Grade the Trade: Timberwolves flip big man for LA superstar in new blockbuster pitch

The Minnesota Timberwolves were not quite good enough to win it all this season. Could this blockbuster trade push them over the top, or is it too wild to make?
Karl-Anthony Towns and Rudy Gobert, Minnesota Timberwolves
Karl-Anthony Towns and Rudy Gobert, Minnesota Timberwolves / Stephen Maturen/GettyImages
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Would the Timberwolves make this trade?

Circling back to the introduction of this piece, the loss to the Dallas Mavericks highlighted the problems the Timberwolves face on offense facing the best defenses that the playoffs have to offer. The defensive combination of Rudy Gobert, Jaden McDaniels, and Anthony Edwards is enough to match anyone, but this team needs a second offensive option to step up when teams take away Edwards.

Karl-Anthony Towns is a uniquely gifted offensive player, a prolific shooter and a skilled scorer inside, but throughout the playoffs, he was incredibly streaky as a shooter and prone to disappearing for stretches. When you add in that he has to summon colossal levels of energy to be a positive defensive player—to his credit, he did that in multiple playoff games, including Game 7 in Denver—and his penchant for racking up fouls on both ends of the court, you get a player who vacillates wildly from driving the Wolves' playoff success to causing its failures.

The No. 1 reason that the Wolves trade Towns this summer would be to get off of money, and while this deal would lop a year off of the commitment it wouldn't save a penny this season. The second reason, however, would be to move him for a player or players who materially change their chances of competing for a title.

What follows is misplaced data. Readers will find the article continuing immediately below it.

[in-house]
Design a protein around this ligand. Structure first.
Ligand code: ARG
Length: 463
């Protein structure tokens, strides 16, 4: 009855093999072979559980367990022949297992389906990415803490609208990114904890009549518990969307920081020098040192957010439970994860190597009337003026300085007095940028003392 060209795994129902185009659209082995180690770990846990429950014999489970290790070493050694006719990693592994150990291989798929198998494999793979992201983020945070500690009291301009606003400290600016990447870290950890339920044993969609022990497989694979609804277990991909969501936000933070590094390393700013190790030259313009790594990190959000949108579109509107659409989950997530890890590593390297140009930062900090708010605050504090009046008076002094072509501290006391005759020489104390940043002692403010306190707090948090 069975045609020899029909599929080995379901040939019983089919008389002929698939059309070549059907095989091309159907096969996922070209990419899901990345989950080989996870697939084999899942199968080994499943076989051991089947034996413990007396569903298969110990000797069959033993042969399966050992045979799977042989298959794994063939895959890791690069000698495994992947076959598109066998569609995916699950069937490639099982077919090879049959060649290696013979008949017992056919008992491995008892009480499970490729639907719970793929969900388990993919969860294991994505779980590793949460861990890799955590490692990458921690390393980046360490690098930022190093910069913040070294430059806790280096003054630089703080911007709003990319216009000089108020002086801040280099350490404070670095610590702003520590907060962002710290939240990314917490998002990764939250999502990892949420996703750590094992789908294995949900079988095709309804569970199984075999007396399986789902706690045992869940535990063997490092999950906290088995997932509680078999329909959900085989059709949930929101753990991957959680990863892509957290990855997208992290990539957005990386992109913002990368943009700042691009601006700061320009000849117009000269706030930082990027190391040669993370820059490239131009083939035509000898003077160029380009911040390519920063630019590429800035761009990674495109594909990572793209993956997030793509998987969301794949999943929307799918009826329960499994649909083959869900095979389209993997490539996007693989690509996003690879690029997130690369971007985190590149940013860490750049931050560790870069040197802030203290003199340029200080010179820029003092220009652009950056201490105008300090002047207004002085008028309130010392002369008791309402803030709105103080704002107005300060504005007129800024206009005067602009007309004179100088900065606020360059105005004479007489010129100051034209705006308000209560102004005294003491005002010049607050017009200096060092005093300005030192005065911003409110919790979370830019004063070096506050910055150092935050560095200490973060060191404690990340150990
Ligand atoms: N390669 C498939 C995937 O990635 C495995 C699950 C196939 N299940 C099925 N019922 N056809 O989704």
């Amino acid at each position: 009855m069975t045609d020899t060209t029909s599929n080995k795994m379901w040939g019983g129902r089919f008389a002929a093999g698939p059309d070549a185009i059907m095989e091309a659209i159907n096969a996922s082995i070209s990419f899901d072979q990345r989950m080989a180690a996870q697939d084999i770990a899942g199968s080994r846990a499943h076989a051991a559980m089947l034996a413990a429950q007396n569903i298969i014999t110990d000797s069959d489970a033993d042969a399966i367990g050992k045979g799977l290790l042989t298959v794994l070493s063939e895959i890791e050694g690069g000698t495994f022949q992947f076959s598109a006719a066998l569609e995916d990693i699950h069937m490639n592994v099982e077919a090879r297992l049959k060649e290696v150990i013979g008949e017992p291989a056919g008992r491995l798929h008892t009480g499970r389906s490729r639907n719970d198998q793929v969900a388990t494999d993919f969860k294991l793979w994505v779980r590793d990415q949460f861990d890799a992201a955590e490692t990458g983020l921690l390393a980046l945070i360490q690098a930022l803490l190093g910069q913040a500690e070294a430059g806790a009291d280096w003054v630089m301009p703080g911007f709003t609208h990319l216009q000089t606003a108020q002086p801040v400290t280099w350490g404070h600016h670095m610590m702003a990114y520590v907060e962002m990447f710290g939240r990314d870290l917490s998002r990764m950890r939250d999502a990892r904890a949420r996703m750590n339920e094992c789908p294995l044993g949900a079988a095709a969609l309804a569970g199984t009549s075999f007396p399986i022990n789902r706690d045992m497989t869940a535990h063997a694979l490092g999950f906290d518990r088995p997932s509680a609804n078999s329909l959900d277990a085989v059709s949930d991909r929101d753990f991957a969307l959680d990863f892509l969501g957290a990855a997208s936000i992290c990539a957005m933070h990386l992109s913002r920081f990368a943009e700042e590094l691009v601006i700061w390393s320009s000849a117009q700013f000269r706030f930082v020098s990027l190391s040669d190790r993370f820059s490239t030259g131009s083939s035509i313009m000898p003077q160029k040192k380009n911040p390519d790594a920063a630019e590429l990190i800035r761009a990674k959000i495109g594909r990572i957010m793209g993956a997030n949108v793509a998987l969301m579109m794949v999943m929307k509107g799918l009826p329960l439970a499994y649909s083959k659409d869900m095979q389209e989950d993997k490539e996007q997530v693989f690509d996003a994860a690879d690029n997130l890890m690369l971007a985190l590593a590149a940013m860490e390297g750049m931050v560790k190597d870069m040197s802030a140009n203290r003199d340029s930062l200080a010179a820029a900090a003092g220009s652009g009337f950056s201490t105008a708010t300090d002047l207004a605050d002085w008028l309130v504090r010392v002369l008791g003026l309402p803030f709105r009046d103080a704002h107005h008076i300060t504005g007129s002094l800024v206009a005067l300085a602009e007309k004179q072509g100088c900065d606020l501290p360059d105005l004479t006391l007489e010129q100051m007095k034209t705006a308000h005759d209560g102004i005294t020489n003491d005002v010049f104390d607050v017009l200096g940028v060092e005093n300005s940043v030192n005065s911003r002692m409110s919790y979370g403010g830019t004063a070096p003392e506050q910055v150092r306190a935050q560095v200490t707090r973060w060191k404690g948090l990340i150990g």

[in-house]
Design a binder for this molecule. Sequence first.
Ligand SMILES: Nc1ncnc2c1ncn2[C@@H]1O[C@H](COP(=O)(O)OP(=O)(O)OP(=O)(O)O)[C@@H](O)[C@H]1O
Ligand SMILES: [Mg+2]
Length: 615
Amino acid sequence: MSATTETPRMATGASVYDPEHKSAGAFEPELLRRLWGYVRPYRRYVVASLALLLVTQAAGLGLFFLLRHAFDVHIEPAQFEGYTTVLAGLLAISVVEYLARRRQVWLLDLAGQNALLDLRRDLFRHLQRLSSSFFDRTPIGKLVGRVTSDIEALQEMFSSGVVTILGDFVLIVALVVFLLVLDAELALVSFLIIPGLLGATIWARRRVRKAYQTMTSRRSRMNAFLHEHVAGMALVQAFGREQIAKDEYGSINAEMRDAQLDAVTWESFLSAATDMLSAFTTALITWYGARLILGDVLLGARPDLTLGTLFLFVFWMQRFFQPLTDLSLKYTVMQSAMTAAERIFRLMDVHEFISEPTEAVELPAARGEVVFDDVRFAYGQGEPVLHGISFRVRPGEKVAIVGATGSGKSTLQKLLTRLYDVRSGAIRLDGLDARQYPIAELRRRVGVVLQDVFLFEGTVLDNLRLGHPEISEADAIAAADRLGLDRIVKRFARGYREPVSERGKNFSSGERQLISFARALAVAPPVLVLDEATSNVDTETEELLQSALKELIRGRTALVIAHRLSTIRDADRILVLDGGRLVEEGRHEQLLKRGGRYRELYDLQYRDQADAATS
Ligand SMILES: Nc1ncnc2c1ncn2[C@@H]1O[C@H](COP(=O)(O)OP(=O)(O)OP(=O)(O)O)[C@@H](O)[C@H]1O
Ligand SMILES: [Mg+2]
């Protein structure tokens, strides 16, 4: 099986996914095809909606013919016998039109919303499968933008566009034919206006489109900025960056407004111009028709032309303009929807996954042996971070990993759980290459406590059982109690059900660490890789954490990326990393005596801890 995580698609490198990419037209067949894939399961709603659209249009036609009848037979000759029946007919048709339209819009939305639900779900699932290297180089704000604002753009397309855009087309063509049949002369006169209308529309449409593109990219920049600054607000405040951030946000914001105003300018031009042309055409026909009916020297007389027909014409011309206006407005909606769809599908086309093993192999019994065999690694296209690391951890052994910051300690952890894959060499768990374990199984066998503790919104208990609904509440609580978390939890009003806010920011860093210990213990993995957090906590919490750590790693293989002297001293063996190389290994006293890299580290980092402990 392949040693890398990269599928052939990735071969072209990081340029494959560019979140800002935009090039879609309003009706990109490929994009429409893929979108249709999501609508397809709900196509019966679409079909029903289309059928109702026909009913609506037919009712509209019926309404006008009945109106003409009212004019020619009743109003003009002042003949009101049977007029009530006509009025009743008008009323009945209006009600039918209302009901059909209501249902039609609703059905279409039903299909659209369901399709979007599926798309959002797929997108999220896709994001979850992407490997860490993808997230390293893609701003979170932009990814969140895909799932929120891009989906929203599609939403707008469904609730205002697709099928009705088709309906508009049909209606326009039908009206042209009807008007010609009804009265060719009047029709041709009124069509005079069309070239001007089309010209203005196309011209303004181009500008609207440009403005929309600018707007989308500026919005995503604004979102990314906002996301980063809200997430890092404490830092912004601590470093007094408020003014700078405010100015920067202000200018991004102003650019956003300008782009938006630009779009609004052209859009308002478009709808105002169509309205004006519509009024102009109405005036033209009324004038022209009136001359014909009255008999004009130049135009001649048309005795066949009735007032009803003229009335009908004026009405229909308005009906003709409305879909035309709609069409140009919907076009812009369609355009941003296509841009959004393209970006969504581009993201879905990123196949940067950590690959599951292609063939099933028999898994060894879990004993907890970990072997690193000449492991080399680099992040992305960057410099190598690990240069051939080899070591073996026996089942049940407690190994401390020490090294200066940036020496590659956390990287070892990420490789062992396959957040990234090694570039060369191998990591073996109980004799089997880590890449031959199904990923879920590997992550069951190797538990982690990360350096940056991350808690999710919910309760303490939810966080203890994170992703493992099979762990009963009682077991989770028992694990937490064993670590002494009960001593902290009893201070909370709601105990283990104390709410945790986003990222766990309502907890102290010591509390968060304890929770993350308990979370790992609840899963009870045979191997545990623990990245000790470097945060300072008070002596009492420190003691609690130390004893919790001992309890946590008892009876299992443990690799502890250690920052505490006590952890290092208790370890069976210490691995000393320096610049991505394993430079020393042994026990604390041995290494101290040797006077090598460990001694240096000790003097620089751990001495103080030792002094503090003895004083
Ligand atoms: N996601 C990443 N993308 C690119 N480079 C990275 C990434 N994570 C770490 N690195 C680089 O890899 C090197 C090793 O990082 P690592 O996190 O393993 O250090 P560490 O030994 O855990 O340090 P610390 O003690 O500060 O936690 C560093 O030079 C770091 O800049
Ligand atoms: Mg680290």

Trading for Kawhi Leonard does that. He was an All-NBA Second Team selection this season despite playing just 68 games, the centerpiece of the offense in Los Angeles whose ability to get to his spots is essentially defense-proof. He shot 41.7 percent from 3-point range as his accuracy has only become more refined later in his career. Defensively, Leonard is still a monster to go against, with the quick hands to take your lunch money and the strength to stand up inside.

A Minnesota Timberwolves lineup of Mike Conley, Anthony Edwards, Jaden McDaniels, Kawhi Leonard, and Rudy Gobert would be more deliberate and more lethal than the current team, and against playoff defenses and at the end of games would have two closers to bring them across the finish line.

That group would also be the best defense in the league with a bullet. Leonard brings the size and speed combination needed to check Luka Doncic; no one will fully stop Doncic, but Leonard is the best option in the league to do so. The idea that perimeter players will be able to get past Leonard, McDaniels, and Edwards only to face Rudy Gobert at the rim is terrifying.

For all that the on-paper Timberwolves would be title favorites with this trade, the rub with Kawhi Leonard is that the incredible team you envision with him on the court so rarely comes to pass. Leonard has a leg injury that can be managed, but not healed, and continues to flare up at the worst times. Resting him all year doesn't work, and playing him all year doesn't work.

Rolling the dice with Leonard would mean cracking open a skylight to true championship upside. It would also mean unlocking the door to the basement, as the more likely outcome is that they enter next year's postseason without Leonard healthy and available to play.

Is that tradeoff worth making this deal? If the Wolves believe Towns can't take another step forward, probably so. Yet there is also the possibility they find a better option on the trade market, one that gives them more flexibility or adds offensive help without the injury concerns. This isn't a no-doubt deal.

It's certainly one that dangles a tantalizing future before the Wolves. Given the history of this team and Minnesota sports overall, it's almost certainly one that would be snatched away, one way or the other.

Grade: B